There are a lot of headlines around baseball today that go something like this.
“Ichiro Suzuki all-time hits leader”
That statement can be made on the presumption of combining Ichiro’s 2979 hits in the major leagues and adding the 1,278 hits he collected in nine seasons in Japan’s Pacific League.
And as you may expect, that idea doesn’t warm the heart of one Pete Rose.
“I’m not trying to take anything away from Ichiro,” Rose said. “He’s had a Hall of Fame career. But the next thing you know, they’ll be counting his high school hits.”
When it comes down to deciding who is the hits king of baseball, perhaps it’s not best to try to compare Ichiro to Pete Rose. Maybe it’s better to try to compare Rose to Ichiro.
If Ichiro collects another 21 hits and reaches 3,000, he would become only member of the 30-man 3,000-hit club who made his major league debut in his age 27 season.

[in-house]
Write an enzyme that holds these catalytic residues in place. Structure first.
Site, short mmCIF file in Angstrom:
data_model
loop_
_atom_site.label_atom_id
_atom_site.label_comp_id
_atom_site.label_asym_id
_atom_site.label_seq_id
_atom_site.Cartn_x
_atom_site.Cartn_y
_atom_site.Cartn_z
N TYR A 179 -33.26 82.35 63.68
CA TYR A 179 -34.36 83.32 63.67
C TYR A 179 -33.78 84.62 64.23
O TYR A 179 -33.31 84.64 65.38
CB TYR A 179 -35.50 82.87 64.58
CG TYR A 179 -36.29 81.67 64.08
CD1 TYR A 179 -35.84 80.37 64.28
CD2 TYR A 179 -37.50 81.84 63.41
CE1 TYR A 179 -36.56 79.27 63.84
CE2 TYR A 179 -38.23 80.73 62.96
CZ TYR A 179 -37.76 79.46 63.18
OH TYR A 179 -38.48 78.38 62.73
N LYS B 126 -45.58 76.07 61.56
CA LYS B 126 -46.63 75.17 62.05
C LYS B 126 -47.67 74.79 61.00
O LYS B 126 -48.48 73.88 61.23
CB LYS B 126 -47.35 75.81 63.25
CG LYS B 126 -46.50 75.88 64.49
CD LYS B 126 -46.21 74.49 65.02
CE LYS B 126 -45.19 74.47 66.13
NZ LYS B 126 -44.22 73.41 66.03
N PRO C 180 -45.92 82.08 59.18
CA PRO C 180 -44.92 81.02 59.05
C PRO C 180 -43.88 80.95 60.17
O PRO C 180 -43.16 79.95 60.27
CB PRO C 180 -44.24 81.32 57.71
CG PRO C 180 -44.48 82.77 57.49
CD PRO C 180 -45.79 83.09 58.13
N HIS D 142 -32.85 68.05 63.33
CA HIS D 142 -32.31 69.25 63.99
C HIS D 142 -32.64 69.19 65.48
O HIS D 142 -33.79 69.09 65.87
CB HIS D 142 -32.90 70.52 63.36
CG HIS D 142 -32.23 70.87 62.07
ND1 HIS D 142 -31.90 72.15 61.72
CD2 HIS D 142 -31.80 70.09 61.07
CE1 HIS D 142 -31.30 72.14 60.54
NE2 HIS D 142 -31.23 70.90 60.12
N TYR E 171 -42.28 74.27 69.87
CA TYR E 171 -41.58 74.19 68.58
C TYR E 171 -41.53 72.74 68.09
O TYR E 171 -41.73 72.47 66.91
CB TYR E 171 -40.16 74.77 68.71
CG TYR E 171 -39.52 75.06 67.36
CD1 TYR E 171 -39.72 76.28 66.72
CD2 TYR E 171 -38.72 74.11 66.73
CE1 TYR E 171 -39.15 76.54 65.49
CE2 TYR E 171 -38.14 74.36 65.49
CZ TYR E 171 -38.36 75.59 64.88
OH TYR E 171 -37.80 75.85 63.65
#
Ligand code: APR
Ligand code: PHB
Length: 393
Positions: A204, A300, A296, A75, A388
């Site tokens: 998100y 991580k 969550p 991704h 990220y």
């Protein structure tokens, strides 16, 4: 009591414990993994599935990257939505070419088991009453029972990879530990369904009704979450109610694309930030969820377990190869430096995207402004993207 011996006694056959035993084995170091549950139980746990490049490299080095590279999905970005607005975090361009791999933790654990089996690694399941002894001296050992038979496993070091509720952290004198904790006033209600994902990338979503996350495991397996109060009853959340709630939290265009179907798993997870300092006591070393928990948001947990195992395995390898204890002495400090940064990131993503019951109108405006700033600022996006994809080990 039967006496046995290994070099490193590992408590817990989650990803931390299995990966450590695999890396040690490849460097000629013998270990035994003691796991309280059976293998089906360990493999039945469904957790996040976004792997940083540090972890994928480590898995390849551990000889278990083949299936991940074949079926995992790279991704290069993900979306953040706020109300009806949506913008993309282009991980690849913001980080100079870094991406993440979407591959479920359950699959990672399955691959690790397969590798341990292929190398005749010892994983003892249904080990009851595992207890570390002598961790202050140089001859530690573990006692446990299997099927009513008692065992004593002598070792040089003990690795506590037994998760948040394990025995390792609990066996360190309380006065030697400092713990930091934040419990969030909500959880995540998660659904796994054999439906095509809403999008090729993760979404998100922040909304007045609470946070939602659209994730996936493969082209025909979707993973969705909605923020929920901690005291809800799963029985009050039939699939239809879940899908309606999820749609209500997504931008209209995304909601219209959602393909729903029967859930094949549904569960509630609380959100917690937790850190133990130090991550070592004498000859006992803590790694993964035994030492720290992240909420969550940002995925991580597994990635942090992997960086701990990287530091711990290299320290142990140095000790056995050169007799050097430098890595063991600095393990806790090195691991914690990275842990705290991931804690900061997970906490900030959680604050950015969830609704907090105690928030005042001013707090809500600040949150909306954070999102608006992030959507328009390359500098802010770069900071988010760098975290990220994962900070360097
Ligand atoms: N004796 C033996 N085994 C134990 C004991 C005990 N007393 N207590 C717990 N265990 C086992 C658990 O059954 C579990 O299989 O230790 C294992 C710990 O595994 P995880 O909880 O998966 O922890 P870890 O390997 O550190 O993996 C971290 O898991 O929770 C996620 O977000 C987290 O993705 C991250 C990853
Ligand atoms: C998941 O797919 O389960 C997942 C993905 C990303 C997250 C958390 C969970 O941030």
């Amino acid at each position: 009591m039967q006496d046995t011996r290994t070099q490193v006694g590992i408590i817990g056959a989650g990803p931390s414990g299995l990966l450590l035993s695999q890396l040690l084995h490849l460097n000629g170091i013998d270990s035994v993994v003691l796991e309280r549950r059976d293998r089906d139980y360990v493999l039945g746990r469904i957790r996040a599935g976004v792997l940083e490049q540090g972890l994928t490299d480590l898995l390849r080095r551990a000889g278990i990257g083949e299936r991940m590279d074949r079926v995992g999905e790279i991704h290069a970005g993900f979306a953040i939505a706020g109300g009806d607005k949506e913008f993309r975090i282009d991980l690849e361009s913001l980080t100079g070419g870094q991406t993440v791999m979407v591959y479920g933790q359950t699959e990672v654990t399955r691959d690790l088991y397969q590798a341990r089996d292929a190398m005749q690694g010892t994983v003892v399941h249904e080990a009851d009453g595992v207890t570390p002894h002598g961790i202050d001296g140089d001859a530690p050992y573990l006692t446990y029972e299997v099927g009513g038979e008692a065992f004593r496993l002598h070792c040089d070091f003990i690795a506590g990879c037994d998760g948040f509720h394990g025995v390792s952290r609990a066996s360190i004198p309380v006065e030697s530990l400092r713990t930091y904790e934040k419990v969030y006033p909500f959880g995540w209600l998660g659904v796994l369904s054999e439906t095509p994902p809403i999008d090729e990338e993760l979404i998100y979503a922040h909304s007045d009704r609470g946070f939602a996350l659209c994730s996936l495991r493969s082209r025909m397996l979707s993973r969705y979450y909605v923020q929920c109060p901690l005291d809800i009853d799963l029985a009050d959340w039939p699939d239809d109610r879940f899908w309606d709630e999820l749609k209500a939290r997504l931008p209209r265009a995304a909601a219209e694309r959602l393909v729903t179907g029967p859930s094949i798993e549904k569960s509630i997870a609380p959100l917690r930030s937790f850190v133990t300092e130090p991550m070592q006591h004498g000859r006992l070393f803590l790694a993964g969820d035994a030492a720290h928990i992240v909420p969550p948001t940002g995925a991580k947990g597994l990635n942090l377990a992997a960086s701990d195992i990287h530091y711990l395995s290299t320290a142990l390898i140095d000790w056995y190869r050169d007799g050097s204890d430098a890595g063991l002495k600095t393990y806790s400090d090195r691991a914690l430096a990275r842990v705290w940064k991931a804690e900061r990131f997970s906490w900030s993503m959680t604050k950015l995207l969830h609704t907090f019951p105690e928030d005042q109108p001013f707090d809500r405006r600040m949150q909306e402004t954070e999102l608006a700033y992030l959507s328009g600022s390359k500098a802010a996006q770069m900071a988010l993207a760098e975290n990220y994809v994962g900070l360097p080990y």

In fact, no current member of the 3,000-hit club ever made his debut after his age 24 season (Cap Anson and Wade Boggs).
So what if you compared the members of the 3,000-hit club on how many hits they collected after the age-26 season.
Obviously, Ichiro has 2,979 hits using that metric. But he would not be the all-time MLB hit leader by that measure.
That title belongs to … Pete Rose with 3,357. Ichiro would be second. The next on the list is Honus Wagner with 2,766.
Now Rose topped the list because he played into his 45 season. If you also pulled out the hits he collected after his age-42 season (Ichiro is in his age-42 season), Rose still leads with 3,091. And that means Ichiro would need to collect another 112 hits by the rest of the season to catch Rose by that measurement, giving him 156 for the season. He is currently on a pace to finish the with 129.
So, Pete Rose still reigns as the all-time hits leader.
But the accomplishments of Ichiro Suzuki should not be understated.